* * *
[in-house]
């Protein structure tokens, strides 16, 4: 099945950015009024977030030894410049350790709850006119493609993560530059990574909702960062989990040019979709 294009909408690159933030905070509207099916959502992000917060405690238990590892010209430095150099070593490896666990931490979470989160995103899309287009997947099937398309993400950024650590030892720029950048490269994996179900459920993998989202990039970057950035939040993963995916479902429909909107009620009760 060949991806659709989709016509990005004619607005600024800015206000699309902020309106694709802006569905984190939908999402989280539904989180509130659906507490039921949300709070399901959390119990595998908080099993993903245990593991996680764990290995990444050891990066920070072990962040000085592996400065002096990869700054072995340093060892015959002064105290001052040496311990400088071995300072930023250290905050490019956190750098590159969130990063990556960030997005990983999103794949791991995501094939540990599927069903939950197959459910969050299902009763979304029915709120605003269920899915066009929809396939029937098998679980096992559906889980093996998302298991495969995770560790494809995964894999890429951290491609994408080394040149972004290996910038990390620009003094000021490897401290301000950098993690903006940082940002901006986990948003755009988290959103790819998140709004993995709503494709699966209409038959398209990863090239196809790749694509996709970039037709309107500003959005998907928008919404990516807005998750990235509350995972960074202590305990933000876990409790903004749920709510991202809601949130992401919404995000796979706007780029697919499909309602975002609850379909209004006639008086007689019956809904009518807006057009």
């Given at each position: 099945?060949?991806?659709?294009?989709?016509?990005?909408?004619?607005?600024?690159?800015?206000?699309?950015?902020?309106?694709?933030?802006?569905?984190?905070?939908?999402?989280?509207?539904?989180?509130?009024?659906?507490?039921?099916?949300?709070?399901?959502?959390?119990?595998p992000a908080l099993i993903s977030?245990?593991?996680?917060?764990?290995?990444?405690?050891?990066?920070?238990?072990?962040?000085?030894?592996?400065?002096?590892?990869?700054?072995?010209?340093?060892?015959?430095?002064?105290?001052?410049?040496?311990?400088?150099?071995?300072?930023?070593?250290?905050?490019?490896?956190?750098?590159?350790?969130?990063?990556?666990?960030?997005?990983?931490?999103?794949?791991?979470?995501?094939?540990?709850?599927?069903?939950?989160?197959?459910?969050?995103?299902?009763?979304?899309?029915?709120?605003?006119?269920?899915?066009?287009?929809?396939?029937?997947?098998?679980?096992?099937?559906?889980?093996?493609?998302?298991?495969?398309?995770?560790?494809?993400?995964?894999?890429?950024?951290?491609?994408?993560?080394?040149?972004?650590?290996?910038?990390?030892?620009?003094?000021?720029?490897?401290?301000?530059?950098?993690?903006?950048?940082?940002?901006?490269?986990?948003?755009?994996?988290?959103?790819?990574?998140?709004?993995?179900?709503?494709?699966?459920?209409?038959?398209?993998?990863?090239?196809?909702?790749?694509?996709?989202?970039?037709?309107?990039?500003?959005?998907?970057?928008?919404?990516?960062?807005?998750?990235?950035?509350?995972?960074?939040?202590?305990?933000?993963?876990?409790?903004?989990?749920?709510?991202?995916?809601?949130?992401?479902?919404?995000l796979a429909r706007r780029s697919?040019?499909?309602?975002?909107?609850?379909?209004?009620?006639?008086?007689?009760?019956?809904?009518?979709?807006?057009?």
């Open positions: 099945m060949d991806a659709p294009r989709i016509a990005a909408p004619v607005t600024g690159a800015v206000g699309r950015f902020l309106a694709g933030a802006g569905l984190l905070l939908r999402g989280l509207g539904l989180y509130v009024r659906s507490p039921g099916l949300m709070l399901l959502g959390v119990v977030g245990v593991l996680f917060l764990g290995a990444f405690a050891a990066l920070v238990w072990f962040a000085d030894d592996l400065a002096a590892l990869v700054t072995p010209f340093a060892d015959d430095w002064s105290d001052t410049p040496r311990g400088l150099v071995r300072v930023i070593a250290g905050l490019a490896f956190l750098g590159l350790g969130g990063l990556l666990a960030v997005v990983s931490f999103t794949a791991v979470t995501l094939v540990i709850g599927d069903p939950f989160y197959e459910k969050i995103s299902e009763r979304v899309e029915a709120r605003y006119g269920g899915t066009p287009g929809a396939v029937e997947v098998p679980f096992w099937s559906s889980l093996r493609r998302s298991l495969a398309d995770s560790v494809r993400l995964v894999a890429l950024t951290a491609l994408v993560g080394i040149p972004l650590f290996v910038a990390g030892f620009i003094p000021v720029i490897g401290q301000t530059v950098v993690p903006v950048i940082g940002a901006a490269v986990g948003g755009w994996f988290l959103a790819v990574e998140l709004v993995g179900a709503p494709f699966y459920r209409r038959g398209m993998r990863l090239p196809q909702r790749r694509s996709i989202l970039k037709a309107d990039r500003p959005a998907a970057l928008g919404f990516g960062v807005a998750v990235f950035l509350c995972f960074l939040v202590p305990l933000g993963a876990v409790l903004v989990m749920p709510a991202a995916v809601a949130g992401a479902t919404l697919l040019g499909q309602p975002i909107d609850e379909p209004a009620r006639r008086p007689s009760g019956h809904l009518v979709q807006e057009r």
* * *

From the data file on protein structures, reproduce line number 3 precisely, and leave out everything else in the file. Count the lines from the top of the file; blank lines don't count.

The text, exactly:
């Given at each position: 099945?060949?991806?659709?294009?989709?016509?990005?909408?004619?607005?600024?690159?800015?206000?699309?950015?902020?309106?694709?933030?802006?569905?984190?905070?939908?999402?989280?509207?539904?989180?509130?009024?659906?507490?039921?099916?949300?709070?399901?959502?959390?119990?595998p992000a908080l099993i993903s977030?245990?593991?996680?917060?764990?290995?990444?405690?050891?990066?920070?238990?072990?962040?000085?030894?592996?400065?002096?590892?990869?700054?072995?010209?340093?060892?015959?430095?002064?105290?001052?410049?040496?311990?400088?150099?071995?300072?930023?070593?250290?905050?490019?490896?956190?750098?590159?350790?969130?990063?990556?666990?960030?997005?990983?931490?999103?794949?791991?979470?995501?094939?540990?709850?599927?069903?939950?989160?197959?459910?969050?995103?299902?009763?979304?899309?029915?709120?605003?006119?269920?899915?066009?287009?929809?396939?029937?997947?098998?679980?096992?099937?559906?889980?093996?493609?998302?298991?495969?398309?995770?560790?494809?993400?995964?894999?890429?950024?951290?491609?994408?993560?080394?040149?972004?650590?290996?910038?990390?030892?620009?003094?000021?720029?490897?401290?301000?530059?950098?993690?903006?950048?940082?940002?901006?490269?986990?948003?755009?994996?988290?959103?790819?990574?998140?709004?993995?179900?709503?494709?699966?459920?209409?038959?398209?993998?990863?090239?196809?909702?790749?694509?996709?989202?970039?037709?309107?990039?500003?959005?998907?970057?928008?919404?990516?960062?807005?998750?990235?950035?509350?995972?960074?939040?202590?305990?933000?993963?876990?409790?903004?989990?749920?709510?991202?995916?809601?949130?992401?479902?919404?995000l796979a429909r706007r780029s697919?040019?499909?309602?975002?909107?609850?379909?209004?009620?006639?008086?007689?009760?019956?809904?009518?979709?807006?057009?």